Talos Vulnerability Report


Abode Systems, Inc. iota All-In-One Security Kit XCMD setUPnP OS command injection vulnerability

October 20, 2022
CVE Number



An OS command injection vulnerability exists in the XCMD setUPnP functionality of Abode Systems, Inc. iota All-In-One Security Kit 6.9X and 6.9Z. A specially-crafted XCMD can lead to arbitrary command execution. An attacker can send a malicious XML payload to trigger this vulnerability.


The versions below were either tested or verified to be vulnerable by Talos or confirmed to be vulnerable by the vendor.

abode systems, inc. iota All-In-One Security Kit 6.9X
abode systems, inc. iota All-In-One Security Kit 6.9Z


iota All-In-One Security Kit - https://goabode.com/product/iota-security-kit


10.0 - CVSS:3.0/AV:N/AC:L/PR:N/UI:N/S:C/C:H/I:H/A:H


CWE-78 - Improper Neutralization of Special Elements used in an OS Command (‘OS Command Injection’)


The iota All-In-One Security Kit is a home security gateway containing an HD camera, infrared motion detection sensor, Ethernet, WiFi and Cellular connectivity. The iota gateway orchestrates communications between sensors (cameras, door and window alarms, motion detectors, etc.) distributed on the LAN and the Abode cloud. Users of the iota can communicate with the device through mobile application or web application.

The iota device receives command and control messages (referred to in the application as XCMDs) via an XMPP connection established during the initialization of the hpgw application. As of version 6.9Z there are 222 XCMDs registered within the application. Each XCMD is associated with a function intended to handle it. As discussed in TALOS-2022-1552 there is a service running on UDP/55050 that allows an unauthenticated attacker access to execute these XCMDs.

An XCMD, by virtue of being commonly transmitted over XMPP, is an XML payload structured in a specific format. Each XCMD must contain a root node <p>, which must contain a child element, <mac> with an attribute v containing the target device MAC Address. There must also be a child element <cmd> which must contain an attribute a naming the XCMD to be executed. From there, various XCMDs require various child elements that contain information relevent only to that handler.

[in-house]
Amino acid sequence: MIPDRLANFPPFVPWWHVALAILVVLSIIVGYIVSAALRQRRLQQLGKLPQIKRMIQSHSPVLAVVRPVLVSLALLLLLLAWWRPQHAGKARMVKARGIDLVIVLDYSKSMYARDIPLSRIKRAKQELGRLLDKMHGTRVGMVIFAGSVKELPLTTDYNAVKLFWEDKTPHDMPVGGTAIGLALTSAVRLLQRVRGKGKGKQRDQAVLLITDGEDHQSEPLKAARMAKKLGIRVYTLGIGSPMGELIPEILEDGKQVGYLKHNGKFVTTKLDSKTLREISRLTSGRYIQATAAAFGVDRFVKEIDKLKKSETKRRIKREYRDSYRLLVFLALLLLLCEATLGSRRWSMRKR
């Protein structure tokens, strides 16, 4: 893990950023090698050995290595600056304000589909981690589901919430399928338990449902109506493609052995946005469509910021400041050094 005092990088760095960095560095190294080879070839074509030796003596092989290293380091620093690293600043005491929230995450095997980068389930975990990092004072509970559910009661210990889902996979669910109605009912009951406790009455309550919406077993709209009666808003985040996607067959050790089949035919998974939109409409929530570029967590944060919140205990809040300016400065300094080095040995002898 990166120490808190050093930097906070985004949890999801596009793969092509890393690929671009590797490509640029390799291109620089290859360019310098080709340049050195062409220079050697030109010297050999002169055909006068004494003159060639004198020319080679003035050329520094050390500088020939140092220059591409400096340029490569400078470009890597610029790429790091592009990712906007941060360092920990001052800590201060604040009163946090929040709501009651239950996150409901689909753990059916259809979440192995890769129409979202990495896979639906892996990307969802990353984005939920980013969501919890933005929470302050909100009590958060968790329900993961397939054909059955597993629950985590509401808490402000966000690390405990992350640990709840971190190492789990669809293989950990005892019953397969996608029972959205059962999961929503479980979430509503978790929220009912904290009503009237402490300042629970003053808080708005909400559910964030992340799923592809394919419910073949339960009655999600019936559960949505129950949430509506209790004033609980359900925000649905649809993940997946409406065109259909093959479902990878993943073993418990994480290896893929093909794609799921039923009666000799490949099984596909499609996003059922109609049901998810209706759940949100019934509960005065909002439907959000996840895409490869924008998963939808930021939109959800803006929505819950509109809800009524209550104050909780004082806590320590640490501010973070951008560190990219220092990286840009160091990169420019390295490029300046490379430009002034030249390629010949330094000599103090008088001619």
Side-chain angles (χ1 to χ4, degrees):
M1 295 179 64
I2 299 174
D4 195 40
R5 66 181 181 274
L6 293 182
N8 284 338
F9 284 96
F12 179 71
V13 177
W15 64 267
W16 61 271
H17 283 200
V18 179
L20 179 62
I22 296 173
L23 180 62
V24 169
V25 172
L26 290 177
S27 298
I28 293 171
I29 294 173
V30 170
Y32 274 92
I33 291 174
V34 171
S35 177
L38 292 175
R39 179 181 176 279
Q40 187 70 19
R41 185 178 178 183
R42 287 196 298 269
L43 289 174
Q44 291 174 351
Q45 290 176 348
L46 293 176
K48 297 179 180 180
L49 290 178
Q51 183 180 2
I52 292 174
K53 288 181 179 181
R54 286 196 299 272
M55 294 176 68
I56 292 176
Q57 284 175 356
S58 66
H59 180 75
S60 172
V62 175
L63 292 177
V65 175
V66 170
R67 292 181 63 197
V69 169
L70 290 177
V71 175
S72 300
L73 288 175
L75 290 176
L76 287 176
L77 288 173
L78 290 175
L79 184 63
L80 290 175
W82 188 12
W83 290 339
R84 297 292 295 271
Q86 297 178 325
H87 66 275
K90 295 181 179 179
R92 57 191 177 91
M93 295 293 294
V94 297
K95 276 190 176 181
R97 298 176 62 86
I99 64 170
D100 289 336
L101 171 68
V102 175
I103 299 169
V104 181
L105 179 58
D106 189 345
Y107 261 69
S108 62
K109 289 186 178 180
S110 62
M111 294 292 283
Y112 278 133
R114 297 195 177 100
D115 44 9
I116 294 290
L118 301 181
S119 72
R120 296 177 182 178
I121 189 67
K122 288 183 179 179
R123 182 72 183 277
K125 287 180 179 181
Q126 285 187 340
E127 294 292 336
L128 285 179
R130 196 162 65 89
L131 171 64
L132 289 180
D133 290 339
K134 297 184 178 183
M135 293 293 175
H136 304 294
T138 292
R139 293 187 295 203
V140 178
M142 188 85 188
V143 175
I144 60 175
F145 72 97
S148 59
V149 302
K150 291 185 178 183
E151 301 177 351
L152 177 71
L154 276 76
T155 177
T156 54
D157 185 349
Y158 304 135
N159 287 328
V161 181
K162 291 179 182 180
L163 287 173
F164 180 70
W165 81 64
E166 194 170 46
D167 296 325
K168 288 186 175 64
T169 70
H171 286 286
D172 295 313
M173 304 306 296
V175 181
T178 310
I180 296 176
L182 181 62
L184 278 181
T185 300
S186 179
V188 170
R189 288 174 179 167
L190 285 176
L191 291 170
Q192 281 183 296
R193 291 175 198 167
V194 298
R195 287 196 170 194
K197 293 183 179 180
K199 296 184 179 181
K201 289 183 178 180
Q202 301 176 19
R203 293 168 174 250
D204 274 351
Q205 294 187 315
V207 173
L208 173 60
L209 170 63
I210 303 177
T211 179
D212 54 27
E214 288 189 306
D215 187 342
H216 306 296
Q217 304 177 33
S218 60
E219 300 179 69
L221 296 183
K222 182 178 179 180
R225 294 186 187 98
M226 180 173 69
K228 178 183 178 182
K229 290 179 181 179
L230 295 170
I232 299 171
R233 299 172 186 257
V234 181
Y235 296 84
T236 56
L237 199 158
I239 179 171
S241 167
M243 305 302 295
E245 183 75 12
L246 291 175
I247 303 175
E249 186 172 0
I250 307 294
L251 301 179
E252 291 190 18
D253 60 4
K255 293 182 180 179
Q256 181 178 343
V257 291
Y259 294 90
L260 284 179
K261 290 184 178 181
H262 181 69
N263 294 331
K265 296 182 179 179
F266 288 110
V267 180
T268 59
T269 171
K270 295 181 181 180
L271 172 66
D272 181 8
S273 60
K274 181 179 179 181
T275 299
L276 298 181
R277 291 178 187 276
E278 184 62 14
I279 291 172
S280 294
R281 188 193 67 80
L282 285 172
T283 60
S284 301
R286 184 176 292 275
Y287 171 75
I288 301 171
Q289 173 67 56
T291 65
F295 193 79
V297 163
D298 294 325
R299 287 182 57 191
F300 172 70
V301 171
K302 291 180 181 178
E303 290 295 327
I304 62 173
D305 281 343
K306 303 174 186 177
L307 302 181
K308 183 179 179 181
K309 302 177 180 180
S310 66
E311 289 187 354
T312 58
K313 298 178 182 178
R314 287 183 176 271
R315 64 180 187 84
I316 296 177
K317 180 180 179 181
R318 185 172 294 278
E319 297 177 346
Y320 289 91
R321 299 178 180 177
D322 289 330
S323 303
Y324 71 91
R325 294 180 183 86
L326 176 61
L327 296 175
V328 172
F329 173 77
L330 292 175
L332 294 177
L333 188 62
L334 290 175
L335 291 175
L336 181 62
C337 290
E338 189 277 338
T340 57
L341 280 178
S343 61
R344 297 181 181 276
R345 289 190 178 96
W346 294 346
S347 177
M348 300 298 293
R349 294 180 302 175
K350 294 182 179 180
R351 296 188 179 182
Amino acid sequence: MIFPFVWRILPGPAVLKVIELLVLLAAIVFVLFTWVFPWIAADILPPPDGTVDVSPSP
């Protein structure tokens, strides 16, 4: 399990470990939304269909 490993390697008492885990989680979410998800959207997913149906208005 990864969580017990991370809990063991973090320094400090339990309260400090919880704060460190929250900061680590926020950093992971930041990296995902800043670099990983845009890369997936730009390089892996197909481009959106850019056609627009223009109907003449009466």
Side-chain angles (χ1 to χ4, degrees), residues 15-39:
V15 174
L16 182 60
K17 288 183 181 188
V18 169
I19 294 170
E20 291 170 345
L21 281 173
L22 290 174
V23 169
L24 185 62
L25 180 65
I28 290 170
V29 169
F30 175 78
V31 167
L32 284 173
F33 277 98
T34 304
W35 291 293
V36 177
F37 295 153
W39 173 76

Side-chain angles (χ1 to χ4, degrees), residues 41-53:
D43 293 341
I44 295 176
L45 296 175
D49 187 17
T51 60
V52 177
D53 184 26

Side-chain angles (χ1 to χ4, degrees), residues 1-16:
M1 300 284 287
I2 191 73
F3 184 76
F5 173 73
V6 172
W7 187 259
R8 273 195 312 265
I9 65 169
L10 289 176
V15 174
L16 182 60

For example, one of the simplest XCMDs that can be executed is getDev.

<?xml version="1.0" encoding="UTF-8"?>
  <mac v="B0:C5:CA:00:00:00"/>
    <cmd a="getDev"/>

One of the XCMDs, setUPnP, is used to configure port forwarding by modifying UPnP-specific configuration values and then signaling to another thread that the configuration has been modified and the other thread should react. The setUPnP XCMD expects several elements, each containing some relevant piece of UPnP configuration information. These XML tags are mapped to the following configuration values:

  • upnpdev -> UPnP_Enable
  • portfw -> PortRedir
  • webport -> UPnP_WebPort
  • webextport -> UPnP_WebExtPort

Several of these values are optional, and if they are not provided a default value will be fetched from the configuration (e.g. if webport is not provided, the system will use the current value WebPort configuration key). One might note that the port being forwarded need not actually be related to the web interface.

A sample of this XCMD could appear as follows:

<?xml version="1.0" encoding="UTF-8"?>
  <mac v="B0:C5:CA:00:00:00"/>
    <cmd a="setUPnP">
      <upnpdev v="1"/>
      <portfw v="1"/>
      <webport v="80"/>
      <webextport v="8080"/>

In this example, the XCMD handler would set the various configuration values and then signal a separate thread to use those values to request port forwarding from the router via UPnP. Similarly, UPnP and port redirection can be disabled using the same command.

The vulnerability discussed in this report occurs in a second portion of this function that appears largely superfluous for code responsible for configuring UPnP data.

The relevant portions of the decompilation of the setUPnP handler are included below.

int __fastcall setUPnP(xml_related_t *xml, int *a2)
  char *webextport;
  char command[256];
  // [1] The value of the webextport `v` attribute is recovered
  webextport = get_xcmd_param(xml, "webextport");                 
  // [2] We wish to bypass this conditional, so we start `webextport` with a ':'
  if ( !webextport || *webextport != ':' )                              
    ... // This is all of the UPnP/Port Forwarding functionality
    return 0;
  log(DEBUG, XCMD, "debug cmd=%s", webextport);
  write_log(DEBUG, XCMD, "DEBUG", "XCMD", webextport, -1);
  memset(command, 0, sizeof(command));
  // [3] Construct an OS command with the value of `webextport`
  vsnprintf_nullterm(command, 0xFFu, "echo %s > /var/in", webextport);  
  // [4] Execute the OS command
  return 0;

For this vulnerability, the only relevant child of <cmd> is <webextport>.

At [1] the value of this tag is extracted. At [2], the value is checked to determine if it starts with a ‘:’. If it does, then the code relevant to port forwarding is skipped entirely. At [3], the user-controlled webextport value is injected directly into an OS command. Finally, at [4], the command is executed.

Submitting an appropriately formatted XCMD to this handler will result in arbitrary command execution.

Exploit Proof of Concept

Submitting the following XCMD

<?xml version="1.0" encoding="UTF-8"?>
  <mac v="B0:C5:CA:00:00:00"/>
    <cmd a="setUPnP">
      <webextport v=":test; sleep 11 #"/>

will result in the execution of the command:

echo :test; sleep 11 # > /var/in

2022-07-13 - Initial Vendor Contact
2022-07-14 - Vendor Disclosure
2022-10-20 - Public Release


Discovered by Matt Wiseman of Cisco Talos.